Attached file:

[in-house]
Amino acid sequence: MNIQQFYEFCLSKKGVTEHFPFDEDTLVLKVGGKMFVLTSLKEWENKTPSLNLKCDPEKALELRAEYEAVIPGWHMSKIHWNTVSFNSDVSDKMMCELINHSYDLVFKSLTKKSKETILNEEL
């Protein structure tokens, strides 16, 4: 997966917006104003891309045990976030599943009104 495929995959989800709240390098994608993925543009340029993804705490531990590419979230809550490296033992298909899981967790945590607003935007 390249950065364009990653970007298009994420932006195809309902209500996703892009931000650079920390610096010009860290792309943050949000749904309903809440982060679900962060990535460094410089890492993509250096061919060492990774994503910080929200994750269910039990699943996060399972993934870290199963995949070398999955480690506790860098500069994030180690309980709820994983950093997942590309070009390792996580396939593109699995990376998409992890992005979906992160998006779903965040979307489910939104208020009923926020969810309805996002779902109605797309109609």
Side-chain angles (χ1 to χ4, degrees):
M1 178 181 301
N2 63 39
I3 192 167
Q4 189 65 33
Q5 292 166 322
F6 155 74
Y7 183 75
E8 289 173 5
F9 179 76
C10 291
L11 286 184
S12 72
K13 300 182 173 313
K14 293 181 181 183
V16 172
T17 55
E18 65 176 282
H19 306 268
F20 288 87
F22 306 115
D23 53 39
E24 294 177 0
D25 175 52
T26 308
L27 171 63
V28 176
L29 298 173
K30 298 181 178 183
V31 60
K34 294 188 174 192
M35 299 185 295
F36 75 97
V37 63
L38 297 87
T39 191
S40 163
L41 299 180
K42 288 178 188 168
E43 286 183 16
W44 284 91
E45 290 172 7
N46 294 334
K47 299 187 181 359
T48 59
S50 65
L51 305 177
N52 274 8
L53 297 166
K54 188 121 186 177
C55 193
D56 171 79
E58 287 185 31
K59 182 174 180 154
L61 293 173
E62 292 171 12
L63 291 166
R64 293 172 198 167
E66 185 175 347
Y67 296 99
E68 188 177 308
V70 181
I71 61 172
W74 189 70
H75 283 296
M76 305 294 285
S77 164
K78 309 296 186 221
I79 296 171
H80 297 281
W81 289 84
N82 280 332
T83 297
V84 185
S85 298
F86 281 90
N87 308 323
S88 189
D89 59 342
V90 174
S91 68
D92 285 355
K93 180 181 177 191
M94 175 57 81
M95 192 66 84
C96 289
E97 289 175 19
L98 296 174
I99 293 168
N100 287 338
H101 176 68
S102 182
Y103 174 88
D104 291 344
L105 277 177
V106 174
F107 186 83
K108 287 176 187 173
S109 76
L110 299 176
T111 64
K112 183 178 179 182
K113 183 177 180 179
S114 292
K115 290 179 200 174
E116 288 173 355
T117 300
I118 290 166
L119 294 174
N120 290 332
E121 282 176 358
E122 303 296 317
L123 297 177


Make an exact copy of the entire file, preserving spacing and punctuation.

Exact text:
[in-house]
Amino acid sequence: MNIQQFYEFCLSKKGVTEHFPFDEDTLVLKVGGKMFVLTSLKEWENKTPSLNLKCDPEKALELRAEYEAVIPGWHMSKIHWNTVSFNSDVSDKMMCELINHSYDLVFKSLTKKSKETILNEEL
């Protein structure tokens, strides 16, 4: 997966917006104003891309045990976030599943009104 495929995959989800709240390098994608993925543009340029993804705490531990590419979230809550490296033992298909899981967790945590607003935007 390249950065364009990653970007298009994420932006195809309902209500996703892009931000650079920390610096010009860290792309943050949000749904309903809440982060679900962060990535460094410089890492993509250096061919060492990774994503910080929200994750269910039990699943996060399972993934870290199963995949070398999955480690506790860098500069994030180690309980709820994983950093997942590309070009390792996580396939593109699995990376998409992890992005979906992160998006779903965040979307489910939104208020009923926020969810309805996002779902109605797309109609």
Side-chain angles (χ1 to χ4, degrees):
M1 178 181 301
N2 63 39
I3 192 167
Q4 189 65 33
Q5 292 166 322
F6 155 74
Y7 183 75
E8 289 173 5
F9 179 76
C10 291
L11 286 184
S12 72
K13 300 182 173 313
K14 293 181 181 183
V16 172
T17 55
E18 65 176 282
H19 306 268
F20 288 87
F22 306 115
D23 53 39
E24 294 177 0
D25 175 52
T26 308
L27 171 63
V28 176
L29 298 173
K30 298 181 178 183
V31 60
K34 294 188 174 192
M35 299 185 295
F36 75 97
V37 63
L38 297 87
T39 191
S40 163
L41 299 180
K42 288 178 188 168
E43 286 183 16
W44 284 91
E45 290 172 7
N46 294 334
K47 299 187 181 359
T48 59
S50 65
L51 305 177
N52 274 8
L53 297 166
K54 188 121 186 177
C55 193
D56 171 79
E58 287 185 31
K59 182 174 180 154
L61 293 173
E62 292 171 12
L63 291 166
R64 293 172 198 167
E66 185 175 347
Y67 296 99
E68 188 177 308
V70 181
I71 61 172
W74 189 70
H75 283 296
M76 305 294 285
S77 164
K78 309 296 186 221
I79 296 171
H80 297 281
W81 289 84
N82 280 332
T83 297
V84 185
S85 298
F86 281 90
N87 308 323
S88 189
D89 59 342
V90 174
S91 68
D92 285 355
K93 180 181 177 191
M94 175 57 81
M95 192 66 84
C96 289
E97 289 175 19
L98 296 174
I99 293 168
N100 287 338
H101 176 68
S102 182
Y103 174 88
D104 291 344
L105 277 177
V106 174
F107 186 83
K108 287 176 187 173
S109 76
L110 299 176
T111 64
K112 183 178 179 182
K113 183 177 180 179
S114 292
K115 290 179 200 174
E116 288 173 355
T117 300
I118 290 166
L119 294 174
N120 290 332
E121 282 176 358
E122 303 296 317
L123 297 177